Comparison of Two Programs for Weight Loss and Impact on Metabolic Syndrome
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|ClinicalTrials.gov Identifier: NCT02023515|
Recruitment Status : Completed
First Posted : December 30, 2013
Results First Posted : June 27, 2017
Last Update Posted : June 27, 2017
|Condition or disease||Intervention/treatment||Phase|
|Metabolic Syndrome||Behavioral: Emotional brain training Behavioral: Behavioral weight loss||Not Applicable|
The investigator's long-term goal is to contribute to the development of empirically-based, clinically-useful weight loss and weight maintenance interventions. The objective in this application is to obtain proof of feasibility for a weight loss and maintenance intervention that addresses the underlying issue of stress, as an effective approach to long-term weight loss and maintenance. The central hypothesis for this application is that the weight management intervention utilizing stress management skills will produce weight loss and significant improvements in stress and metabolic syndrome biomarkers at 10 and 20 weeks follow-up. This hypothesis was formulated based upon data showing that stress is associated with increased risk of obesity and a few small studies that have shown this method of stress management can produce long-term weight loss and maintenance and decreased depression and stress. The rationale for the proposed studies is that proof of feasibility for such an intervention will enable subsequent definitive studies at the R01 level. If, however, the investigators were to unexpectedly disprove the concept, such a result would also be valuable because it would lead the investigators to shift focus and redistribute resources accordingly. To test the central hypothesis, and thereby accomplish the objective for this application, the following specific aims will be pursued:
- Compare a stress management based program to a standard behavioral weight loss program for weight loss and cost-effectiveness. The approach will involve two different intervention groups. Group 1(control) will receive a standard behavioral weight loss program. Group 2 will receive a stress management based intervention built on research in neuroscience and principles of the attachment theory.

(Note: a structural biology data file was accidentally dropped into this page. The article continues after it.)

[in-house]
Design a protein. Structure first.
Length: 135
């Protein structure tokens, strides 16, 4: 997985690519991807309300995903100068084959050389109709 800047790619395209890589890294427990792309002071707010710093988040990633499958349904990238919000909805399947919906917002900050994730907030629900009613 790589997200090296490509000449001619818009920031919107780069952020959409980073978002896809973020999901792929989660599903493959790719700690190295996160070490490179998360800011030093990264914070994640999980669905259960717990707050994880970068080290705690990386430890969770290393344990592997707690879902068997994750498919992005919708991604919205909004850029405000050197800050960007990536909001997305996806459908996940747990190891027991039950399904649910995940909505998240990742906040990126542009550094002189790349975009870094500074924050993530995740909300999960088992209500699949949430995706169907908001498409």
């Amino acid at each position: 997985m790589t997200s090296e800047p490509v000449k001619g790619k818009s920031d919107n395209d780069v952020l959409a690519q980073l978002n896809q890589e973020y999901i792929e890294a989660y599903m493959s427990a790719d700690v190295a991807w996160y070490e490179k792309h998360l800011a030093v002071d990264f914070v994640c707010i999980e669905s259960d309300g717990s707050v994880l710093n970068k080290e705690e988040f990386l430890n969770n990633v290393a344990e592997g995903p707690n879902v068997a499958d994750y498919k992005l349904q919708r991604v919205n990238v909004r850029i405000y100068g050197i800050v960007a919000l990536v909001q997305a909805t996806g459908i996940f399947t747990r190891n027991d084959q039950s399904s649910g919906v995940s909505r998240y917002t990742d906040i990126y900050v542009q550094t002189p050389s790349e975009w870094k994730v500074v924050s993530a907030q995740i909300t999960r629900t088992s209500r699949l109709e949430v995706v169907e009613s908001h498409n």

- Determine secondary outcomes from both interventions, including stress as measured by the perceived stress scale. It is hypothesized that Group 2 will show greater improvements in stress at both 10 and 20 weeks follow-up than Group 1.
At the completion of this study, the investigators expect to determine the type of intervention that produces the greatest weight loss in a community sample at 10 and 20 weeks follow-up. The investigators will also have determined what impact the two interventions have on secondary outcomes, including stress as measured by salivary cortisol and telomere length; depression, disordered eating patterns, dietary intake, and physical activity.
|Study Type :||Interventional (Clinical Trial)|
|Actual Enrollment :||49 participants|
|Intervention Model:||Parallel Assignment|
|Masking:||None (Open Label)|
|Official Title:||Comparison of Two Programs for Weight Loss and Impact on Metabolic Syndrome|
|Study Start Date :||December 2013|
|Actual Primary Completion Date :||July 2014|
|Actual Study Completion Date :||July 2014|
Experimental: Stress Management
Approximately half of the participants will be randomized to a stress management arm. Participants will undergo Emotional Brain Training during a 90 minute session once per week for ten weeks in order to rewire the brain and improve stress management techniques.
Behavioral: Emotional brain training
Stress management based program
Active Comparator: standard behavioral weight loss
Half of participants will receive a standard behavioral weight loss program in 90 minute sessions once per week for 10 weeks
Behavioral: Behavioral weight loss
Standard behavioral weight loss
- Weight Loss [ Time Frame: Weight change from baseline to 20 weeks ]Weight change from baseline to 20 weeks
- Decrease in Stress [ Time Frame: PSS change from baseline to 20 weeks ]Stress was measured by the Perceived Stress Scale (PSS). This scale measures stress on a scale of 0 to 40 points. The results are reported as a total score on the scale. Higher numbers indicate more stress than lower numbers.
To learn more about this study, you or your doctor may contact the study research staff using the contact information provided by the sponsor.
Please refer to this study by its ClinicalTrials.gov identifier (NCT number): NCT02023515
|United States, Kentucky|
|University of Kentucky|
|Lexington, Kentucky, United States, 40506|
|Principal Investigator:||Kelly H Webber, PhD||University of Kentucky|